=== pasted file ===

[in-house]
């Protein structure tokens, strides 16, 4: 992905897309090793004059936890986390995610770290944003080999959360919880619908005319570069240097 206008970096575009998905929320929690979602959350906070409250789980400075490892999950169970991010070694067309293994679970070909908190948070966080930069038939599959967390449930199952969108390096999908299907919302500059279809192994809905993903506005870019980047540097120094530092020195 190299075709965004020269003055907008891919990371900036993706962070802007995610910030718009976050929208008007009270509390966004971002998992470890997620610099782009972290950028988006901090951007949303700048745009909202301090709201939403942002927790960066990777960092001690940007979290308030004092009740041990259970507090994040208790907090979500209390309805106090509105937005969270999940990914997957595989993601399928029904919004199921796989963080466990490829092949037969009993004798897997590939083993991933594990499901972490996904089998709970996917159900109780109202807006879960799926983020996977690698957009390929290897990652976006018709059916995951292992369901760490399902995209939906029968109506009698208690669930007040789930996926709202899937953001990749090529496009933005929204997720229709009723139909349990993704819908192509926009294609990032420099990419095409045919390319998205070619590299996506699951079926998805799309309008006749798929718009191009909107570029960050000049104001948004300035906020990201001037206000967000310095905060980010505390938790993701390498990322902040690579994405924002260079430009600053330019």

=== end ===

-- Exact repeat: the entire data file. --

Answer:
[in-house]
């Protein structure tokens, strides 16, 4: 992905897309090793004059936890986390995610770290944003080999959360919880619908005319570069240097 206008970096575009998905929320929690979602959350906070409250789980400075490892999950169970991010070694067309293994679970070909908190948070966080930069038939599959967390449930199952969108390096999908299907919302500059279809192994809905993903506005870019980047540097120094530092020195 190299075709965004020269003055907008891919990371900036993706962070802007995610910030718009976050929208008007009270509390966004971002998992470890997620610099782009972290950028988006901090951007949303700048745009909202301090709201939403942002927790960066990777960092001690940007979290308030004092009740041990259970507090994040208790907090979500209390309805106090509105937005969270999940990914997957595989993601399928029904919004199921796989963080466990490829092949037969009993004798897997590939083993991933594990499901972490996904089998709970996917159900109780109202807006879960799926983020996977690698957009390929290897990652976006018709059916995951292992369901760490399902995209939906029968109506009698208690669930007040789930996926709202899937953001990749090529496009933005929204997720229709009723139909349990993704819908192509926009294609990032420099990419095409045919390319998205070619590299996506699951079926998805799309309008006749798929718009191009909107570029960050000049104001948004300035906020990201001037206000967000310095905060980010505390938790993701390498990322902040690579994405924002260079430009600053330019």